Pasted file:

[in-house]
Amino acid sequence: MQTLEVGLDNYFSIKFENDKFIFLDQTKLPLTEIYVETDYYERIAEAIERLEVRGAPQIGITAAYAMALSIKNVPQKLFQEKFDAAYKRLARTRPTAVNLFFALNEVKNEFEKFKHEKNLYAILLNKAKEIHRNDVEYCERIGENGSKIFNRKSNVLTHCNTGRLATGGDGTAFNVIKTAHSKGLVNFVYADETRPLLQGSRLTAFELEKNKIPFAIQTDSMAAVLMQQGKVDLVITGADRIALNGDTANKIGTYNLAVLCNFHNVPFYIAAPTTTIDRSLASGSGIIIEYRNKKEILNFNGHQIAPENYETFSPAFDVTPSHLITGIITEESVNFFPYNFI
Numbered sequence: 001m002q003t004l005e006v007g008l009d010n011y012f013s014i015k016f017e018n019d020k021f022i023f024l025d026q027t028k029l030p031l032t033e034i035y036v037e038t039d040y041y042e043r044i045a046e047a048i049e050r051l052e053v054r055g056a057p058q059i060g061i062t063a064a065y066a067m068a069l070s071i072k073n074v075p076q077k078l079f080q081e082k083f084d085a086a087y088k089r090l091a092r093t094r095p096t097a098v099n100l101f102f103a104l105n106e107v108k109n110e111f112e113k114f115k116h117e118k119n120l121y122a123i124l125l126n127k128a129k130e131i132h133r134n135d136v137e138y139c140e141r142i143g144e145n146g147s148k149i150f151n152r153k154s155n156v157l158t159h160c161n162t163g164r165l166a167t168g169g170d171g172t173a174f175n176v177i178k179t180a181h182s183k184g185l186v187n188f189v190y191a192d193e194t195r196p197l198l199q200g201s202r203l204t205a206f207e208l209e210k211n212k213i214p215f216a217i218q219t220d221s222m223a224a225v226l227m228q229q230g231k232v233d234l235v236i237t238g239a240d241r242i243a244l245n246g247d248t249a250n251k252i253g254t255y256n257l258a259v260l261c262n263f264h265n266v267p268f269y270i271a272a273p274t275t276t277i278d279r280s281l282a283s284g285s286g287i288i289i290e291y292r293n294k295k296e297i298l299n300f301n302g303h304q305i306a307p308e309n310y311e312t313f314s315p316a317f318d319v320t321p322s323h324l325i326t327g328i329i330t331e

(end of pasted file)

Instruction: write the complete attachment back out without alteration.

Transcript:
[in-house]
Amino acid sequence: MQTLEVGLDNYFSIKFENDKFIFLDQTKLPLTEIYVETDYYERIAEAIERLEVRGAPQIGITAAYAMALSIKNVPQKLFQEKFDAAYKRLARTRPTAVNLFFALNEVKNEFEKFKHEKNLYAILLNKAKEIHRNDVEYCERIGENGSKIFNRKSNVLTHCNTGRLATGGDGTAFNVIKTAHSKGLVNFVYADETRPLLQGSRLTAFELEKNKIPFAIQTDSMAAVLMQQGKVDLVITGADRIALNGDTANKIGTYNLAVLCNFHNVPFYIAAPTTTIDRSLASGSGIIIEYRNKKEILNFNGHQIAPENYETFSPAFDVTPSHLITGIITEESVNFFPYNFI
Numbered sequence: 001m002q003t004l005e006v007g008l009d010n011y012f013s014i015k016f017e018n019d020k021f022i023f024l025d026q027t028k029l030p031l032t033e034i035y036v037e038t039d040y041y042e043r044i045a046e047a048i049e050r051l052e053v054r055g056a057p058q059i060g061i062t063a064a065y066a067m068a069l070s071i072k073n074v075p076q077k078l079f080q081e082k083f084d085a086a087y088k089r090l091a092r093t094r095p096t097a098v099n100l101f102f103a104l105n106e107v108k109n110e111f112e113k114f115k116h117e118k119n120l121y122a123i124l125l126n127k128a129k130e131i132h133r134n135d136v137e138y139c140e141r142i143g144e145n146g147s148k149i150f151n152r153k154s155n156v157l158t159h160c161n162t163g164r165l166a167t168g169g170d171g172t173a174f175n176v177i178k179t180a181h182s183k184g185l186v187n188f189v190y191a192d193e194t195r196p197l198l199q200g201s202r203l204t205a206f207e208l209e210k211n212k213i214p215f216a217i218q219t220d221s222m223a224a225v226l227m228q229q230g231k232v233d234l235v236i237t238g239a240d241r242i243a244l245n246g247d248t249a250n251k252i253g254t255y256n257l258a259v260l261c262n263f264h265n266v267p268f269y270i271a272a273p274t275t276t277i278d279r280s281l282a283s284g285s286g287i288i289i290e291y292r293n294k295k296e297i298l299n300f301n302g303h304q305i306a307p308e309n310y311e312t313f314s315p316a317f318d319v320t321p322s323h324l325i326t327g328i329i330t331e